Abstract
The dose effect of the addition of natural antioxidants (tea, chestnut, grape seed and beer extracts) on physicochemical, microbiological changes and on oxidative stability of dry-cured “chorizo”, as well as their effect during the storage under vacuum conditions was evaluated. Color parameters [...] Read more.
The dose effect of the addition of natural antioxidants (tea, chestnut, grape seed and beer extracts) on physicochemical, microbiological changes and on oxidative stability of dry-cured “chorizo”, as well as their effect during the storage under vacuum conditions was evaluated. Color parameters were significantly (p < 0.05) affected by the addition of antioxidants so that samples that contained antioxidants were more effective in maintaining color. The improving effects were dose-dependent with highest values with the dose of 50 mg/kg during ripening and depend on the extract during vacuum packaging. Addition of antioxidants decreased (p < 0.05) the oxidation, showing thiobarbituric acid reactive substances (TBARS) values below 0.4 mg MDA/kg. Natural antioxidants matched or even improved the results obtained for butylated hydroxytoluene (BHT). Regarding texture profile analysis (TPA) analysis, hardness values significantly (p < 0.001) decreased with the addition of antioxidants, obtaining the lower results with the dose of 200 mg/kg both during ripening and vacuum packaging. Antioxidants reduced the counts of total viable counts (TVC), lactic acid bacteria (LAB), mold and yeast. Free fatty acid content during ripening and under vacuum conditions showed a gradual and significant (p < 0.05) release as a result of lipolysis. At the end of ripening, the addition of GRA1000 protected chorizos from oxidative degradation. Full article
(This article belongs to the Special Issue Natural Products as Antioxidants)
Open AccessArticle Antioxidant Content, Antioxidant Activity, and Antibacterial Activity of Five Plants from the Commelinaceae Family
Antioxidants 2014, 3(4), 758-769; doi:10.3390/antiox3040758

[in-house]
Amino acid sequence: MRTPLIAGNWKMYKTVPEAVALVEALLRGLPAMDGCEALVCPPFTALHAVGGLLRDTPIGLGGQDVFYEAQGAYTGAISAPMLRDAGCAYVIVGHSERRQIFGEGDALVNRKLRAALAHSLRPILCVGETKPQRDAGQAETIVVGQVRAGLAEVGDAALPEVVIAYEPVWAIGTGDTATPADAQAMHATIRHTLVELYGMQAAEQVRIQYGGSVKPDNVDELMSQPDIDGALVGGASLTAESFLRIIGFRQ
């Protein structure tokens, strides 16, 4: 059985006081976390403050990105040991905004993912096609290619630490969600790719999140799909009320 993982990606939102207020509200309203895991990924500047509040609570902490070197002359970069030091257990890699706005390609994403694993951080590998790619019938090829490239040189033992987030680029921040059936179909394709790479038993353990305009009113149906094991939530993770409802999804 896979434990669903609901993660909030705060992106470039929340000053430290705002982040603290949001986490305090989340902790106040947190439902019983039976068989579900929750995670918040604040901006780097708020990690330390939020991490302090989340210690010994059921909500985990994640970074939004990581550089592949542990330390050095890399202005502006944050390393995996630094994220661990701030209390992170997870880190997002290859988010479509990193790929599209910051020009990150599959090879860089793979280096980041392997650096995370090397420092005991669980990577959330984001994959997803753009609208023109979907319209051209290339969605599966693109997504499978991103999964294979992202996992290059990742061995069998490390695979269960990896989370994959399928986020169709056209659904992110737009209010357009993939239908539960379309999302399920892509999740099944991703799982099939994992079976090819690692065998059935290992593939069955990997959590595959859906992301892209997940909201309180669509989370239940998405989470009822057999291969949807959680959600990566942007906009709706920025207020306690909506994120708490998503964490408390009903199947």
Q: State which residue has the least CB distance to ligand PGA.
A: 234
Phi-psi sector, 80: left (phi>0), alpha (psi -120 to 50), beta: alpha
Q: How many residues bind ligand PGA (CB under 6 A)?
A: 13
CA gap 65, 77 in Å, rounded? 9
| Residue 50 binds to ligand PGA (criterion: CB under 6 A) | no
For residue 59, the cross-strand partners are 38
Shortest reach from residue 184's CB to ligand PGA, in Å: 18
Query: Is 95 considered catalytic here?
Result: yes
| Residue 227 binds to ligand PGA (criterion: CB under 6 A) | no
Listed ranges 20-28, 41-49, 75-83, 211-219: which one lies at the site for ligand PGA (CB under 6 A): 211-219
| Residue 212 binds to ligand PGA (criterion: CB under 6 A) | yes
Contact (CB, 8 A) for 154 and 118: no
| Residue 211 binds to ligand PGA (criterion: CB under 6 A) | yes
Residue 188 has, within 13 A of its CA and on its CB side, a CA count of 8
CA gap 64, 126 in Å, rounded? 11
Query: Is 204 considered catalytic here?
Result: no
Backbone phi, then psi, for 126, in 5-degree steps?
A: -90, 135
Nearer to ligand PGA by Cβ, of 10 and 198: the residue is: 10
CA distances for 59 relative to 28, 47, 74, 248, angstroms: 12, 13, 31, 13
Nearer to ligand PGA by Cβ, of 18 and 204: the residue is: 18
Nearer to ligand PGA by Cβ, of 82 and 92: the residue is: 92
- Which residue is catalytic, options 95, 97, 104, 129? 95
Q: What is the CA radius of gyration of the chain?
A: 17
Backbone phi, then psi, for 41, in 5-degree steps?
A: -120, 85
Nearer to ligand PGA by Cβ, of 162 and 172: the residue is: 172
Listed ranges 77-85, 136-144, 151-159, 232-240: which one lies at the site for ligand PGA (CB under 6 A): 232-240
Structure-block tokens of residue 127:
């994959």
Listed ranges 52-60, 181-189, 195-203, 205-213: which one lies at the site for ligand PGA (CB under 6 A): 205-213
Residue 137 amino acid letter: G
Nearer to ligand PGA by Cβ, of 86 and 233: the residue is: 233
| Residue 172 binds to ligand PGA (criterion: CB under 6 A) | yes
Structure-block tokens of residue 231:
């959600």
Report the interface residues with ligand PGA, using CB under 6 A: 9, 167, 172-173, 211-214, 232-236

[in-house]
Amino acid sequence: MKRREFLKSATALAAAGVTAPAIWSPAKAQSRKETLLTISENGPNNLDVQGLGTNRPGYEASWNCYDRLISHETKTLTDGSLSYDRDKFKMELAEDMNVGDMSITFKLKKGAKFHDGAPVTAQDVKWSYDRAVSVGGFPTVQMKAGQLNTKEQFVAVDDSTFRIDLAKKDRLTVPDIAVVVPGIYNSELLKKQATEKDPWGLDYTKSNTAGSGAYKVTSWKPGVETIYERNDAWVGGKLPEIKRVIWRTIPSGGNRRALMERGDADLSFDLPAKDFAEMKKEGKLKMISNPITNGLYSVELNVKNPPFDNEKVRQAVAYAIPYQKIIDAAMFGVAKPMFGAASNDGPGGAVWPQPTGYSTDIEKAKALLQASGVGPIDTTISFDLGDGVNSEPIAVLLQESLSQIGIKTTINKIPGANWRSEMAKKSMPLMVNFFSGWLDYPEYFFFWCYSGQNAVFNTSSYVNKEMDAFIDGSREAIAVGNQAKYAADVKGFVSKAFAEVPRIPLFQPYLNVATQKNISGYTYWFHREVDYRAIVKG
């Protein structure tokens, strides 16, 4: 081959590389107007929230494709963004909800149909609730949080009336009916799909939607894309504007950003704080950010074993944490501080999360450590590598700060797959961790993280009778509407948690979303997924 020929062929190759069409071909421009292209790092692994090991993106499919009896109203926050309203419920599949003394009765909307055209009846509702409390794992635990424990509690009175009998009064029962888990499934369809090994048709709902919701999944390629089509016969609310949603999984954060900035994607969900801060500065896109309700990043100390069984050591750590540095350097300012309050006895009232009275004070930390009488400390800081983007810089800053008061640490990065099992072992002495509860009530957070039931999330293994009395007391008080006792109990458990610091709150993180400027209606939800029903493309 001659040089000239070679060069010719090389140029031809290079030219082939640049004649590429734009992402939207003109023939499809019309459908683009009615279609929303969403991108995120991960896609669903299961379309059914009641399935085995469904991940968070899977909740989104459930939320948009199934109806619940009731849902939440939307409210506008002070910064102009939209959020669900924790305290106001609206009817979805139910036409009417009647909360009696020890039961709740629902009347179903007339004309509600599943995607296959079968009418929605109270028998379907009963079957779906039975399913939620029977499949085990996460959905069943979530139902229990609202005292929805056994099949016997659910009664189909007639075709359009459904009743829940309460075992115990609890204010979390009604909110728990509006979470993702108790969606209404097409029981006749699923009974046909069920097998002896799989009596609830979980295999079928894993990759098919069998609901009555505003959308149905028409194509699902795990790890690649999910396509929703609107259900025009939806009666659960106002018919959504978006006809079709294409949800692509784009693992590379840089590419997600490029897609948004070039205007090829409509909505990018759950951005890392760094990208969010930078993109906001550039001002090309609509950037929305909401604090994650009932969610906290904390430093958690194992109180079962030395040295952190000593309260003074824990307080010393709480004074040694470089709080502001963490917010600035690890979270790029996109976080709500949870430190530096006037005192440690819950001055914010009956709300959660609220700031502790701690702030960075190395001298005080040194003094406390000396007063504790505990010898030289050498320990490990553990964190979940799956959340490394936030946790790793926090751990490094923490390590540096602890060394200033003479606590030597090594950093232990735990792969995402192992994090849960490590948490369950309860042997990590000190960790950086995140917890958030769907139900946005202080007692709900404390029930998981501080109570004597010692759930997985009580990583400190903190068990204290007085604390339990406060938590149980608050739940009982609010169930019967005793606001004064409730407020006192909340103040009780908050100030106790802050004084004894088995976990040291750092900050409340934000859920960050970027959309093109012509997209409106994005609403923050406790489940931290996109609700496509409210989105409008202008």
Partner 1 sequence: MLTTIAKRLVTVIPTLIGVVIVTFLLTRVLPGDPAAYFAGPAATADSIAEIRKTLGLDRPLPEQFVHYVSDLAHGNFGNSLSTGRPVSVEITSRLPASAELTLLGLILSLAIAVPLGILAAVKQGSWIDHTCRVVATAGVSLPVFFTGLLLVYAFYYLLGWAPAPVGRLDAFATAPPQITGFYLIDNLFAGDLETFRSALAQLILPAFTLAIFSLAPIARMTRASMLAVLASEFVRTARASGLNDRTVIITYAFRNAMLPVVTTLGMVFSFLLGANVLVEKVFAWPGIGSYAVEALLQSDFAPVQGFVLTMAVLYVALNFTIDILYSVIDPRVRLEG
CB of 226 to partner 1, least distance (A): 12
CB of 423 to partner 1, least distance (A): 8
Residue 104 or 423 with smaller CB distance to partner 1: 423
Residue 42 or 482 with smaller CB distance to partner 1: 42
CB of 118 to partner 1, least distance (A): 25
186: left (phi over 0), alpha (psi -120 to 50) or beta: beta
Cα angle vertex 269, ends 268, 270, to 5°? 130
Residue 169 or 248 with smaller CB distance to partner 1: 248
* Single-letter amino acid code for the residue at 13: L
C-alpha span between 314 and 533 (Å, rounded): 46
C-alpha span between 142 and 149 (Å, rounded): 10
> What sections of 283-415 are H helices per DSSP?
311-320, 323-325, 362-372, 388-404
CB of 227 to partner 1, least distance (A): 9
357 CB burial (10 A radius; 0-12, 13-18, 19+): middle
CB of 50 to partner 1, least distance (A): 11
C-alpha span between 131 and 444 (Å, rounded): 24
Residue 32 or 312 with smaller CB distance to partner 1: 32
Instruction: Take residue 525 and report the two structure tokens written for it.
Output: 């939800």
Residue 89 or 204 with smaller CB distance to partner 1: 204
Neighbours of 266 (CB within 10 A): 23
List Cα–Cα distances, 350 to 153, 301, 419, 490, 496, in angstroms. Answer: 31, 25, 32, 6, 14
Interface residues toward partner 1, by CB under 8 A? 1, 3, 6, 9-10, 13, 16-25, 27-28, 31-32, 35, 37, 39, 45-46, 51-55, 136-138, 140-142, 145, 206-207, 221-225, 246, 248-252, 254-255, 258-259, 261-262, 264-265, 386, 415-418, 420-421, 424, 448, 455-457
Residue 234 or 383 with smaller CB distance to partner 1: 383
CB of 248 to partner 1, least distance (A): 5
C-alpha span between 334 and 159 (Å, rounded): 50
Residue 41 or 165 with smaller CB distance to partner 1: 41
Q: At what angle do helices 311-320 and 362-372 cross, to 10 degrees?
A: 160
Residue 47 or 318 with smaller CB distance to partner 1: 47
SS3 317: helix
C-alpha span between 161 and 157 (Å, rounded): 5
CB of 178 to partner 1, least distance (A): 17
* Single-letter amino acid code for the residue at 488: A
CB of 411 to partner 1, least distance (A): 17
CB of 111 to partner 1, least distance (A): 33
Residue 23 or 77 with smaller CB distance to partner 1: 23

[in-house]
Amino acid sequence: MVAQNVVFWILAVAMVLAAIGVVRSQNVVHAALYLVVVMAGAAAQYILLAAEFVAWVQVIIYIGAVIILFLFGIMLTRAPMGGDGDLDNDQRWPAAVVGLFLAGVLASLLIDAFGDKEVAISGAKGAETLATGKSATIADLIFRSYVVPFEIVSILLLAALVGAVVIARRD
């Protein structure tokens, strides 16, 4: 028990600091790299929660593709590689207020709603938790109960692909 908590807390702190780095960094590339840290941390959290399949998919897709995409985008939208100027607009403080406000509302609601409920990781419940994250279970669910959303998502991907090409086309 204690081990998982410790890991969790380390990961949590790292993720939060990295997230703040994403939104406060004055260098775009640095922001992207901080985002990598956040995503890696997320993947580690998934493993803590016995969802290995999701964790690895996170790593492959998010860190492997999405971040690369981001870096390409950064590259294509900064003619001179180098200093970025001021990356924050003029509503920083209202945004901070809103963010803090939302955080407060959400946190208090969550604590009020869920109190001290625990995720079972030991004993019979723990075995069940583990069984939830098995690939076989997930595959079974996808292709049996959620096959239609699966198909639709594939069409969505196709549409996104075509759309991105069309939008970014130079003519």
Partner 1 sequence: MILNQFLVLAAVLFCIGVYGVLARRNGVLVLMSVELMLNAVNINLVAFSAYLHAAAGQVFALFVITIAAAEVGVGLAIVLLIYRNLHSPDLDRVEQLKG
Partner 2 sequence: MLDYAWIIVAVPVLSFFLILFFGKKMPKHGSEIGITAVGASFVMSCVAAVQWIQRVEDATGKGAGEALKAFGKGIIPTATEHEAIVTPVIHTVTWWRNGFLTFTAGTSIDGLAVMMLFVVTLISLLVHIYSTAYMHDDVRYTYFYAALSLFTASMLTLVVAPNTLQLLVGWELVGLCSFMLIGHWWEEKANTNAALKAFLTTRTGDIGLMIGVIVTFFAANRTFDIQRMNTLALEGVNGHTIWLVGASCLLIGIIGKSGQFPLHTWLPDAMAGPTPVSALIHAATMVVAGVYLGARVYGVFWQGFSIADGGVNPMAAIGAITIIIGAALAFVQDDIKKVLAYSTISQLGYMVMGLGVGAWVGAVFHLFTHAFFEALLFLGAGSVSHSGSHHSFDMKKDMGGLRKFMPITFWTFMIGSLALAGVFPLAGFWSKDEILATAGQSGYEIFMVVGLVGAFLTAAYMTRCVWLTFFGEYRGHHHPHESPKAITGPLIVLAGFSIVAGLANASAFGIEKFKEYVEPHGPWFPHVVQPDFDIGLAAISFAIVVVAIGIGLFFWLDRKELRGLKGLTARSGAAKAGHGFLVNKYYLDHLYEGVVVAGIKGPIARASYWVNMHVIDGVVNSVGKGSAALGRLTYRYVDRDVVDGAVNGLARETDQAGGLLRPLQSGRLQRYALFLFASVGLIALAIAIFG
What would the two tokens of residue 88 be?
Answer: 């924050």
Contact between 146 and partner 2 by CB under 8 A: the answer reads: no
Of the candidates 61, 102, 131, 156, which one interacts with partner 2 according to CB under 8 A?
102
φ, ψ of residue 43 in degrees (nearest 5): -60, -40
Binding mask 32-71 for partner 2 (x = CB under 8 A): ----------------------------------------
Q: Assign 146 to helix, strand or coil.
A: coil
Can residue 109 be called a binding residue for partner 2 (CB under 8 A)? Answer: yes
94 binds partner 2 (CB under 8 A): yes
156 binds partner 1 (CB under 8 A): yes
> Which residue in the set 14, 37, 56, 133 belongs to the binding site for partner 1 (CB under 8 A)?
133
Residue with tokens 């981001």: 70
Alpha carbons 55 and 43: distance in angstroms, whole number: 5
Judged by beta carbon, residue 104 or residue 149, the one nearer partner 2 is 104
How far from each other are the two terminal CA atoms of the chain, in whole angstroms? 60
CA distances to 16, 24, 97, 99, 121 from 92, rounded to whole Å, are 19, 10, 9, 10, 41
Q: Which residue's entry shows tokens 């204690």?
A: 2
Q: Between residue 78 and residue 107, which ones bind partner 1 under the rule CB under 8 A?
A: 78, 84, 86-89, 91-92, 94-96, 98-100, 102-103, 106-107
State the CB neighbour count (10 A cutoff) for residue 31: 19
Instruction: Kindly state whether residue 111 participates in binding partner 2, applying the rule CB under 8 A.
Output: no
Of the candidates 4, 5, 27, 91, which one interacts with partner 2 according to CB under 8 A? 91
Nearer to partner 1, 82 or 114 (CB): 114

Received: 11 September 2014 / Revised: 27 October 2014 / Accepted: 3 November 2014 / Published: 17 November 2014
Cited by 1 | PDF Full-text (428 KB) | HTML Full-text | XML Full-text
Abstract
Commelinaceae is a family of herbaceous flowering plants with many species used in ethnobotany, particularly in South America. However, thus far reports of their bioactivity are few and far between. The primary aim of this study was to quantify the antioxidant and [...] Read more.
Commelinaceae is a family of herbaceous flowering plants with many species used in ethnobotany, particularly in South America. However, thus far reports of their bioactivity are few and far between. The primary aim of this study was to quantify the antioxidant and antibacterial activity of five Commelinaceae methanolic leaf extracts. The antioxidant content was evaluated by the total phenolic content (TPC), total tannin content (TTC), and total flavonoid content (TFC) assays. The antioxidant activities measured were DPPH free radical scavenging (FRS), ferric reducing power (FRP), and ferrous ion chelating (FIC); of the five plants, the methanolic leaf extract of Tradescantia zebrina showed the highest antioxidant content and activity, and exhibited antibacterial activity against six species of Gram-positive and two species of Gram-negative bacteria in a range of 5–10 mg/mL based on the broth microdilution method. Full article
(This article belongs to the Special Issue Natural Products as Antioxidants)
Open AccessArticle Antioxidant Capacity, Cytotoxicity and Antimycobacterial Activity of Madeira Archipelago Endemic Helichrysum Dietary and Medicinal Plants
Antioxidants 2014, 3(4), 713-729; doi:10.3390/antiox3040713
Received: 19 August 2014 / Revised: 16 October 2014 / Accepted: 17 October 2014 / Published: 31 October 2014
Cited by 1 | PDF Full-text (231 KB) | HTML Full-text | XML Full-text